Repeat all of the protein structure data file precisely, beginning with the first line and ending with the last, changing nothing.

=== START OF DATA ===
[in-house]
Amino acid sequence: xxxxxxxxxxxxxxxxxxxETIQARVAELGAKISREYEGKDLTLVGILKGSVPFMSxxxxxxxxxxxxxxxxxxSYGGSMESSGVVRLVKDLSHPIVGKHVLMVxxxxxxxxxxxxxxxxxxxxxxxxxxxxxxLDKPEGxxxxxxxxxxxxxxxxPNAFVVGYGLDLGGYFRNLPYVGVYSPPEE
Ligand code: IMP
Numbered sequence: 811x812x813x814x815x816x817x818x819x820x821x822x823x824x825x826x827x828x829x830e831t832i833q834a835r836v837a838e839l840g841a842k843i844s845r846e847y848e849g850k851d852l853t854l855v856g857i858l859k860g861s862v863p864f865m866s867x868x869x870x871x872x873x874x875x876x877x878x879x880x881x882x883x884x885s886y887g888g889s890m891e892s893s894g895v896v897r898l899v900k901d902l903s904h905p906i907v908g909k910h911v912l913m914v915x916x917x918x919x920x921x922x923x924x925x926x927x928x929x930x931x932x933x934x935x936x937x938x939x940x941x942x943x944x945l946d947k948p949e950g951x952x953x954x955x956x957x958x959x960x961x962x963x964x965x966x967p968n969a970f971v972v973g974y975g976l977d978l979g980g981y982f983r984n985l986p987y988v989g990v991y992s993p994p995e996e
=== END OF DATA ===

[in-house]
Amino acid sequence: xxxxxxxxxxxxxxxxxxxETIQARVAELGAKISREYEGKDLTLVGILKGSVPFMSxxxxxxxxxxxxxxxxxxSYGGSMESSGVVRLVKDLSHPIVGKHVLMVxxxxxxxxxxxxxxxxxxxxxxxxxxxxxxLDKPEGxxxxxxxxxxxxxxxxPNAFVVGYGLDLGGYFRNLPYVGVYSPPEE
Ligand code: IMP
Numbered sequence: 811x812x813x814x815x816x817x818x819x820x821x822x823x824x825x826x827x828x829x830e831t832i833q834a835r836v837a838e839l840g841a842k843i844s845r846e847y848e849g850k851d852l853t854l855v856g857i858l859k860g861s862v863p864f865m866s867x868x869x870x871x872x873x874x875x876x877x878x879x880x881x882x883x884x885s886y887g888g889s890m891e892s893s894g895v896v897r898l899v900k901d902l903s904h905p906i907v908g909k910h911v912l913m914v915x916x917x918x919x920x921x922x923x924x925x926x927x928x929x930x931x932x933x934x935x936x937x938x939x940x941x942x943x944x945l946d947k948p949e950g951x952x953x954x955x956x957x958x959x960x961x962x963x964x965x966x967p968n969a970f971v972v973g974y975g976l977d978l979g980g981y982f983r984n985l986p987y988v989g990v991y992s993p994p995e996e